I just wish that cinema chains would charge less for the offbeat or arty films. They can continue charging outrageous sums for the big blockbusters, people will still lap them up regardless (and I count myself in that number). However, if I could go and see something quirky and off the beaten track for a few quid instead of paying on the unpleasant side of £6, I'd be in the cinema much more often, which surely only benefits the business side of things.

* I know trumpets don't make this noise. I am open to suggestions at how I should represent the sound of a trumpet in text form.

Wednesday, January 02, 2008


Around this time last year, I subjected the t'interweb to my 2006 review of the year. In the interests of symmetry (I like that word so much, I'd like you to read more about it here), I thought I should do something similar for 2007.

Best Moment
2007 has been a surprisingly good year so there have been many moments to choose from. Completing my PGCE and getting a job in a school and my radio shows on Refresh FM at Easter were both great. However, the winner is this year's Greenbelt festival. This year's festival was probably the best I've been to. The weather was magnificent, the atmosphere was amazing and I had a great time working for the festival radio station Greenbelt FM. The single best moment (in a pure ego trip stylee) was taking part in a live radio show at the YMCA venue whereby myself and radio partner in crime Fat Roland were given license to unleash our Theatre of Noise games Chainsaw Challenge and Sackcloth & Bashes on an unsuspecting Greenbelt. Much hilarity and destruction ensued.

Best Film
There was some great movies this year - some very worthy, some guilty pleasures. In the end, the brilliance and sheer rewatchability of Hot Fuzz gets my vote. Honourable mentions also go to the beautifully shot Sunshine, the fascinating Zodiac, the thrilling Bourne Ultimatum, the brutal 28 Weeks Later and the frankly bonkers Daywatch.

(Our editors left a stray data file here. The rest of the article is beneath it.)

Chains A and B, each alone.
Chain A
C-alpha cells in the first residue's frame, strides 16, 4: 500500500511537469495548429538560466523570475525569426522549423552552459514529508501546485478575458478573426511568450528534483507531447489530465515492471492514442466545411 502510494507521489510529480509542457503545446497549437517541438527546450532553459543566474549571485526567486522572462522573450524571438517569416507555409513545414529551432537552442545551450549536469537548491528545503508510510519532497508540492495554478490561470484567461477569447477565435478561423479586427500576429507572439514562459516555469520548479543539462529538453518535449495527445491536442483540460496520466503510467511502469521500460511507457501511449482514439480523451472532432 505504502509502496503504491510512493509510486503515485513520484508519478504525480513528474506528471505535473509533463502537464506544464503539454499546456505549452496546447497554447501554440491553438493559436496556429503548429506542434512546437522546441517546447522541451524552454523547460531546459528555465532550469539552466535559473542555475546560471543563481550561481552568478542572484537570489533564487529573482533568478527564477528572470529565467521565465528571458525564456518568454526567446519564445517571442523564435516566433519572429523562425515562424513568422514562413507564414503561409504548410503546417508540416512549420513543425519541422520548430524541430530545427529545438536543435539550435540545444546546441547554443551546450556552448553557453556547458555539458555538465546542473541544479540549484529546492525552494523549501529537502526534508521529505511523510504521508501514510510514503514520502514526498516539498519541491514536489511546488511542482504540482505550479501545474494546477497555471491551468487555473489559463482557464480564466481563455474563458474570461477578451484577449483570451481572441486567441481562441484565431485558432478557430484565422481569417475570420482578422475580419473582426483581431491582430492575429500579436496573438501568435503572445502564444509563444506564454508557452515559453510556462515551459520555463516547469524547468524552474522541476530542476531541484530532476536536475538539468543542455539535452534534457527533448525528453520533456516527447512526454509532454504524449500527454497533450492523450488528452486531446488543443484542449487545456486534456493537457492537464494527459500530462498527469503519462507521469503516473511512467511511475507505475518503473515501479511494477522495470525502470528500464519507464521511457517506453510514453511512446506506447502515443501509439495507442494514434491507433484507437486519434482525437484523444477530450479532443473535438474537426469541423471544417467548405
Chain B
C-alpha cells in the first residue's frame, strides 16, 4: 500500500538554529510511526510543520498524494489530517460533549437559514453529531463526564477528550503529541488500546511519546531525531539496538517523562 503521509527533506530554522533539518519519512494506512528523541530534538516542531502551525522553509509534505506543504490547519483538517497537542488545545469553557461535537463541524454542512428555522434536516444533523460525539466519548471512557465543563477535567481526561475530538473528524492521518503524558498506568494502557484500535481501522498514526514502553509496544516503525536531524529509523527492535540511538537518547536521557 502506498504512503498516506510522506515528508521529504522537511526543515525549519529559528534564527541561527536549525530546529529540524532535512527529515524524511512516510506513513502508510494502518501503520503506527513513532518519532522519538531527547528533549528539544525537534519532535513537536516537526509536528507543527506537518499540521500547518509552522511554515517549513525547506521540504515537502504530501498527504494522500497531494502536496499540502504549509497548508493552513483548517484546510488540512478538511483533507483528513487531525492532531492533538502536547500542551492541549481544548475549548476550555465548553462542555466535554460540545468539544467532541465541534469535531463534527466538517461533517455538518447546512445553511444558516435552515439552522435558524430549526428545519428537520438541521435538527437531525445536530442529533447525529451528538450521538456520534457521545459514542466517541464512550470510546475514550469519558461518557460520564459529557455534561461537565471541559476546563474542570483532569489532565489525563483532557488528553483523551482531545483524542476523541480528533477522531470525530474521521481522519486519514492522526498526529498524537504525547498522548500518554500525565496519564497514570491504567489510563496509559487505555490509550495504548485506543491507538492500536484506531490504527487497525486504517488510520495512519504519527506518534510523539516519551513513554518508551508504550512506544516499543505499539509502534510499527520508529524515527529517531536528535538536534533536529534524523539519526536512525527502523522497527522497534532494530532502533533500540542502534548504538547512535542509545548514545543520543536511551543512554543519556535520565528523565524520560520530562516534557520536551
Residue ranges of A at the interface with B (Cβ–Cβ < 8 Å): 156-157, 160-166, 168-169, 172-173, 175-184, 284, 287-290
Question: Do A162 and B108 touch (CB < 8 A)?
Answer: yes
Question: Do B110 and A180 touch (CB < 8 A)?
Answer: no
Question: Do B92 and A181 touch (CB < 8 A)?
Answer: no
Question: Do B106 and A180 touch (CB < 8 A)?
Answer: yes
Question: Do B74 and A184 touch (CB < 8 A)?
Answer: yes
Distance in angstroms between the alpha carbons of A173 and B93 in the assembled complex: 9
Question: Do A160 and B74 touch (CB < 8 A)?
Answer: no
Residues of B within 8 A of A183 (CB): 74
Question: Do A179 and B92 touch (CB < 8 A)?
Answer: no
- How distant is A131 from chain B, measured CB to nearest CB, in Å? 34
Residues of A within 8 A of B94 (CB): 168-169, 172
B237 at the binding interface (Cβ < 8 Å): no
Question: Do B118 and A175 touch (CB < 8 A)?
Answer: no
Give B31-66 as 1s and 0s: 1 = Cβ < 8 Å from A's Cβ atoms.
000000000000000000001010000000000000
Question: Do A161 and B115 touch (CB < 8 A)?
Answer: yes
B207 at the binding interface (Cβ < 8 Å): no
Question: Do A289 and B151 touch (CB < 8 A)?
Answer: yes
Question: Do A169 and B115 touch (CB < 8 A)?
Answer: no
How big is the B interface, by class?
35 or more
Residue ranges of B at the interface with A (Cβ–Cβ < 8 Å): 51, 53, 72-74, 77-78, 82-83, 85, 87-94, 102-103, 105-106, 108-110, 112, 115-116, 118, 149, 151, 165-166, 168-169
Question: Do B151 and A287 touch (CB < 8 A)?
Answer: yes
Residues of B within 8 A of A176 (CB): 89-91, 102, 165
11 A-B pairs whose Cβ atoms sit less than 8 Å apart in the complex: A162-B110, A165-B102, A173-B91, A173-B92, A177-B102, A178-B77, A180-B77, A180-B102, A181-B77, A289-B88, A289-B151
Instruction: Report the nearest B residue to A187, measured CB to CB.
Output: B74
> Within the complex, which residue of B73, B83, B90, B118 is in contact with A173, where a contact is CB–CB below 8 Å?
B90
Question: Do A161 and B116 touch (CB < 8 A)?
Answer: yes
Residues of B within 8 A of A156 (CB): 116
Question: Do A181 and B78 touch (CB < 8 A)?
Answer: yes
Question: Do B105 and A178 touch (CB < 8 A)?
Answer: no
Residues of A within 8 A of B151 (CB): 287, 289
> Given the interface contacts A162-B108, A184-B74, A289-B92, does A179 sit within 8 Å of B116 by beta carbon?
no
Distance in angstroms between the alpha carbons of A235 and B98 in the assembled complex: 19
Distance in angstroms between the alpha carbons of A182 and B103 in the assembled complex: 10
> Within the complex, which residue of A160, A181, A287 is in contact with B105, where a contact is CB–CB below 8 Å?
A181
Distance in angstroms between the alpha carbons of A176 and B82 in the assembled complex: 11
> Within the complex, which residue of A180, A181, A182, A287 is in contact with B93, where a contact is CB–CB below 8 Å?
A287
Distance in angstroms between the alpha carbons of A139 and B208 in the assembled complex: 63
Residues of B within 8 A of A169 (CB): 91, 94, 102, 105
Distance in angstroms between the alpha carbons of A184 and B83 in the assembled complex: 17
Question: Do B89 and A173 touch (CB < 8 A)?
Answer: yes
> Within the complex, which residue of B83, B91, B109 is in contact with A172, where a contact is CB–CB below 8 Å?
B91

Worst Film
The excreble Spiderman 3. Read my thoughts at the time here.

Best TV
Top Gear & Spooks became unmissable TV for me this year. Top Gear made me laugh like a drain - even though I can't stand Jeremy Clarkson. Spooks was a thrillingly entertaining and slick creation. This year's Dr Who series was a bit hit and miss. When it was wrong (human daleks? come on) it was pretty poor, but when it was right it was glorious (Weeping Angels? Even I found them rather unnerving).

Worst TV
The moment it was announced that Catherine Am-I-Bovvered Tate would be in the whole of the next Dr Who series.

Best Album
Mae - Singularity

Best Book
Even though it was written in 1954, I have only just read it this year. Richard Matheson's I Am Legend is brilliant. Forget the Will Smith film, the book is much darker, much bleaker and much more unnerving. I also liked 2004's The Shadow of the Wind by Carlos Ruiz Zafón, mainly due to the sparkling dialogue between Daniel and Fermin, which is a joy to read.

Best Penguin related story of 2007
This marvellous story about Roxy the Rockhopper penguin who turned to the t'interweb to find love. Read it here.

Blogs of the Year
Here are my five favourite blogs of the year in no particular order with links to their latest posts.
Fat Roland - the surreal ramblings of a proper gentleman.
Quinquireme - The erudite Patroclus was considering laying her blog to rest. The t'interweb breathed a sigh of relief when she was convinced otherwise.
Postsecret - PostSecret is an ongoing community art project where people mail in their secrets anonymously on one side of a homemade postcard. It can be funny, disturbing, uplifting and sometimes heartbreaking.
The Manchizzle - an essential Manchester blogging hub....
Cultural Snow - A blog that wears its brain openly on its sleeve.

Also worth a mention are Midnight Candle & Blue Cat.

Here's to 2008 - Happy New Year!